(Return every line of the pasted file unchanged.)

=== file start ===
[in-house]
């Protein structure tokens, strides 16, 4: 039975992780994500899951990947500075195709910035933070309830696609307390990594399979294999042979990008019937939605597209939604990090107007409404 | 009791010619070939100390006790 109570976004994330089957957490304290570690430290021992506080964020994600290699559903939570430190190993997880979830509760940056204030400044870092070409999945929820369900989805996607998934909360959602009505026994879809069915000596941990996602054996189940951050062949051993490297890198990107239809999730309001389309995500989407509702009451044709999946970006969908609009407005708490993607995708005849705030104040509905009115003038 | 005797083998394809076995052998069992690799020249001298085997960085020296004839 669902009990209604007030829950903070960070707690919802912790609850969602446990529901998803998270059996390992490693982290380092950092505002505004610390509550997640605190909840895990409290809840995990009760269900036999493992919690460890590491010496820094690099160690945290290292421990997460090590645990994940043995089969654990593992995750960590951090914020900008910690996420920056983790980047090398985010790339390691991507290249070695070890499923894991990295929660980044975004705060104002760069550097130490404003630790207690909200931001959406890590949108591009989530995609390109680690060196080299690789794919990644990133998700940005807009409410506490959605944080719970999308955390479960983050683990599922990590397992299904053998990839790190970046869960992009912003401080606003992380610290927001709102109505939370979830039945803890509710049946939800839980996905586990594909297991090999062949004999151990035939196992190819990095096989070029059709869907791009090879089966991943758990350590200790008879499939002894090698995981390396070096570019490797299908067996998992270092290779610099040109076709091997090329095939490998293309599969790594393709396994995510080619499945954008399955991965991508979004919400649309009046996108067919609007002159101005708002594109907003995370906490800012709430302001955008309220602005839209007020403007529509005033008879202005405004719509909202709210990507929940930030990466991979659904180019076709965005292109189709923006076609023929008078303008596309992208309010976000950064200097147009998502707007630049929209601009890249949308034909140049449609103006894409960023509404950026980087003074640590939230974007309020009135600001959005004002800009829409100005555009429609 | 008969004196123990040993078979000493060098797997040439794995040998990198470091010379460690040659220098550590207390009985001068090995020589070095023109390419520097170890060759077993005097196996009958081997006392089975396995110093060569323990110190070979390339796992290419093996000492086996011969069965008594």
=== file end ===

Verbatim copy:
[in-house]
């Protein structure tokens, strides 16, 4: 039975992780994500899951990947500075195709910035933070309830696609307390990594399979294999042979990008019937939605597209939604990090107007409404 | 009791010619070939100390006790 109570976004994330089957957490304290570690430290021992506080964020994600290699559903939570430190190993997880979830509760940056204030400044870092070409999945929820369900989805996607998934909360959602009505026994879809069915000596941990996602054996189940951050062949051993490297890198990107239809999730309001389309995500989407509702009451044709999946970006969908609009407005708490993607995708005849705030104040509905009115003038 | 005797083998394809076995052998069992690799020249001298085997960085020296004839 669902009990209604007030829950903070960070707690919802912790609850969602446990529901998803998270059996390992490693982290380092950092505002505004610390509550997640605190909840895990409290809840995990009760269900036999493992919690460890590491010496820094690099160690945290290292421990997460090590645990994940043995089969654990593992995750960590951090914020900008910690996420920056983790980047090398985010790339390691991507290249070695070890499923894991990295929660980044975004705060104002760069550097130490404003630790207690909200931001959406890590949108591009989530995609390109680690060196080299690789794919990644990133998700940005807009409410506490959605944080719970999308955390479960983050683990599922990590397992299904053998990839790190970046869960992009912003401080606003992380610290927001709102109505939370979830039945803890509710049946939800839980996905586990594909297991090999062949004999151990035939196992190819990095096989070029059709869907791009090879089966991943758990350590200790008879499939002894090698995981390396070096570019490797299908067996998992270092290779610099040109076709091997090329095939490998293309599969790594393709396994995510080619499945954008399955991965991508979004919400649309009046996108067919609007002159101005708002594109907003995370906490800012709430302001955008309220602005839209007020403007529509005033008879202005405004719509909202709210990507929940930030990466991979659904180019076709965005292109189709923006076609023929008078303008596309992208309010976000950064200097147009998502707007630049929209601009890249949308034909140049449609103006894409960023509404950026980087003074640590939230974007309020009135600001959005004002800009829409100005555009429609 | 008969004196123990040993078979000493060098797997040439794995040998990198470091010379460690040659220098550590207390009985001068090995020589070095023109390419520097170890060759077993005097196996009958081997006392089975396995110093060569323990110190070979390339796992290419093996000492086996011969069965008594």